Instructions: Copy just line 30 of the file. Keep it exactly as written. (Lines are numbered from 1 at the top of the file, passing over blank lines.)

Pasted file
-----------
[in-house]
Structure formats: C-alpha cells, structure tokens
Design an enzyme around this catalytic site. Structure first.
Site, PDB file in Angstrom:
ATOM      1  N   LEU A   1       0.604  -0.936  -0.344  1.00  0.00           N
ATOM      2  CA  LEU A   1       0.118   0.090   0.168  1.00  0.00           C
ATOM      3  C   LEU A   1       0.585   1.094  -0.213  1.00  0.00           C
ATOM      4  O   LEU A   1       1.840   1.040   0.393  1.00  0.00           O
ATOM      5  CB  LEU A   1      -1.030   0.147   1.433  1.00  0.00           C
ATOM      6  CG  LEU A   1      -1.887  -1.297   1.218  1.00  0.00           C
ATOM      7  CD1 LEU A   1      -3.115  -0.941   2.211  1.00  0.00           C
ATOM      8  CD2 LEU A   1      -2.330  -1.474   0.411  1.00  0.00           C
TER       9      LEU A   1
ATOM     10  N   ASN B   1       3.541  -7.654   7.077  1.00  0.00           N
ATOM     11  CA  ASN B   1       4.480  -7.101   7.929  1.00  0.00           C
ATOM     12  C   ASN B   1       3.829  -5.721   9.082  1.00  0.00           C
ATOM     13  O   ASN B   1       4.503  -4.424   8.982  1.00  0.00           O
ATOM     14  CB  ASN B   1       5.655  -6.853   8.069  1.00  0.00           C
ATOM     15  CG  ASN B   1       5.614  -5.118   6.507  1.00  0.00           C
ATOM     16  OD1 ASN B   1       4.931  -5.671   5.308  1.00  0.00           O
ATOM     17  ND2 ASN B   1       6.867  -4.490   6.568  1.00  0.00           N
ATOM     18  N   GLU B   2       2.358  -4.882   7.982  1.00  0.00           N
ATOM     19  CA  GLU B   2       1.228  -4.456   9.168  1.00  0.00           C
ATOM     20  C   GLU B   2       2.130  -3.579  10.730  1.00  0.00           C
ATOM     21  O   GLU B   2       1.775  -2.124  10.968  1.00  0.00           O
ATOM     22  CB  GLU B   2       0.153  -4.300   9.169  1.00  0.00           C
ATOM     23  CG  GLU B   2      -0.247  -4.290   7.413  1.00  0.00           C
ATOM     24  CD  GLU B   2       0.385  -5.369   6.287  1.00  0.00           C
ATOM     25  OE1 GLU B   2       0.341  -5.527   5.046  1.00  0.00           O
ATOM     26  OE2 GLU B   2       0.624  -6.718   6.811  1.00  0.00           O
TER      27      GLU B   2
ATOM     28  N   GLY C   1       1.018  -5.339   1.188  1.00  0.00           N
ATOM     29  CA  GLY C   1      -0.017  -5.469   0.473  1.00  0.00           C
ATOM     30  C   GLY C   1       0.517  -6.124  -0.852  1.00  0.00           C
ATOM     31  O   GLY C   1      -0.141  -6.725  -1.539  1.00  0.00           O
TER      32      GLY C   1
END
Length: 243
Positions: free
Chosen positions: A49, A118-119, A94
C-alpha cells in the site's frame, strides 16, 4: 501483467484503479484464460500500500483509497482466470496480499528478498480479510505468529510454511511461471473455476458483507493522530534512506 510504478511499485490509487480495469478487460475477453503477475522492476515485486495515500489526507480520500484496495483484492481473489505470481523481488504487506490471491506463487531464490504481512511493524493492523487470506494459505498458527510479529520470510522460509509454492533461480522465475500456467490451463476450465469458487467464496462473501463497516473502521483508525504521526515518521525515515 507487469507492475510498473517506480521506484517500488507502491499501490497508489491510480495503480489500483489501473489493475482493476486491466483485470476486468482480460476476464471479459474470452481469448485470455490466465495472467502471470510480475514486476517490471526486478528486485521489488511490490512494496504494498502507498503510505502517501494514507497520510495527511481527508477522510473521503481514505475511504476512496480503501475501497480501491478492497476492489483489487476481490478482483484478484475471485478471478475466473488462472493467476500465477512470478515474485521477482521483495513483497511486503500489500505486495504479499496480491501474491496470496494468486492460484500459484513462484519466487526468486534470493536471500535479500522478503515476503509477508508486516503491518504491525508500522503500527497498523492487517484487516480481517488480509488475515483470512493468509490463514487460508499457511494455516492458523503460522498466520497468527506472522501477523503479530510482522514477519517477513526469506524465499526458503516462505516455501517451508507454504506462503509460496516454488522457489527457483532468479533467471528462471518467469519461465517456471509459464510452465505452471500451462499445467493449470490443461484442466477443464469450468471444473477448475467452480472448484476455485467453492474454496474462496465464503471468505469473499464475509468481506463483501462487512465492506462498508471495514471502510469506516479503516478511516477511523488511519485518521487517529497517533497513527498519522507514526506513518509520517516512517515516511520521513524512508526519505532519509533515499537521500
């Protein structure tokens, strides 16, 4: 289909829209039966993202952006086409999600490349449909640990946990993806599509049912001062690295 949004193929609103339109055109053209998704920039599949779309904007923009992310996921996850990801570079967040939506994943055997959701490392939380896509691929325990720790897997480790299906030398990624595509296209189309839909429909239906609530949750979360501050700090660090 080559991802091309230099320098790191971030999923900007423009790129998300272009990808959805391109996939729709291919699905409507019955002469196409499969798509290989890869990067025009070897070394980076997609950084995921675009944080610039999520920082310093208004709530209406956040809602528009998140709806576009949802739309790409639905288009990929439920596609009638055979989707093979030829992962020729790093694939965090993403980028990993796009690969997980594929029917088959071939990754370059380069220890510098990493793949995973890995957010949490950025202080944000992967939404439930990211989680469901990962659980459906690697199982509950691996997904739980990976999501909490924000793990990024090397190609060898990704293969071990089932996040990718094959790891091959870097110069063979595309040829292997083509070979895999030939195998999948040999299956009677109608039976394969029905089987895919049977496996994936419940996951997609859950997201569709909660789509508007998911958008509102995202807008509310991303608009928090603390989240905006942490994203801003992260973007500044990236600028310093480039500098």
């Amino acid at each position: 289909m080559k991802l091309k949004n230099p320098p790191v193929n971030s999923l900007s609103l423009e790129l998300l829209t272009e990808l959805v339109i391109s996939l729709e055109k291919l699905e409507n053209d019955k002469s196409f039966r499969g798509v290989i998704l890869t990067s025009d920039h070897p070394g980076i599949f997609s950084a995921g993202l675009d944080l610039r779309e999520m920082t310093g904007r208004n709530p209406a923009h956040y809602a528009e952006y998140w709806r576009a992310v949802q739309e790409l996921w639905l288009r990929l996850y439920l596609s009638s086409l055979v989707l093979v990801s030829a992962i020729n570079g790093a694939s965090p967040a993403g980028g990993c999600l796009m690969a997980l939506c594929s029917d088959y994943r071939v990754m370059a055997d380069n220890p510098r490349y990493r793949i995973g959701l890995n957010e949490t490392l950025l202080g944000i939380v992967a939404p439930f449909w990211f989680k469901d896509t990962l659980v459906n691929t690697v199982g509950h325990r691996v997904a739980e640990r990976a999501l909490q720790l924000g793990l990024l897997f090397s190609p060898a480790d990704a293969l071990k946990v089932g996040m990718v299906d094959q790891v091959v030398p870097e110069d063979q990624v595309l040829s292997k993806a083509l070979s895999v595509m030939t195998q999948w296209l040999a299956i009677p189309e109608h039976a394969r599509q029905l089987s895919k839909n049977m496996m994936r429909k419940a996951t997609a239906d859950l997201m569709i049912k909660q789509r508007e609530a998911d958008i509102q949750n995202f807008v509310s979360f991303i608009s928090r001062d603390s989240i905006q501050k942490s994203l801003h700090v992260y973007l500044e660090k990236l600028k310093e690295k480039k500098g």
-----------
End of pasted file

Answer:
ATOM     26  OE2 GLU B   2       0.624  -6.718   6.811  1.00  0.00           O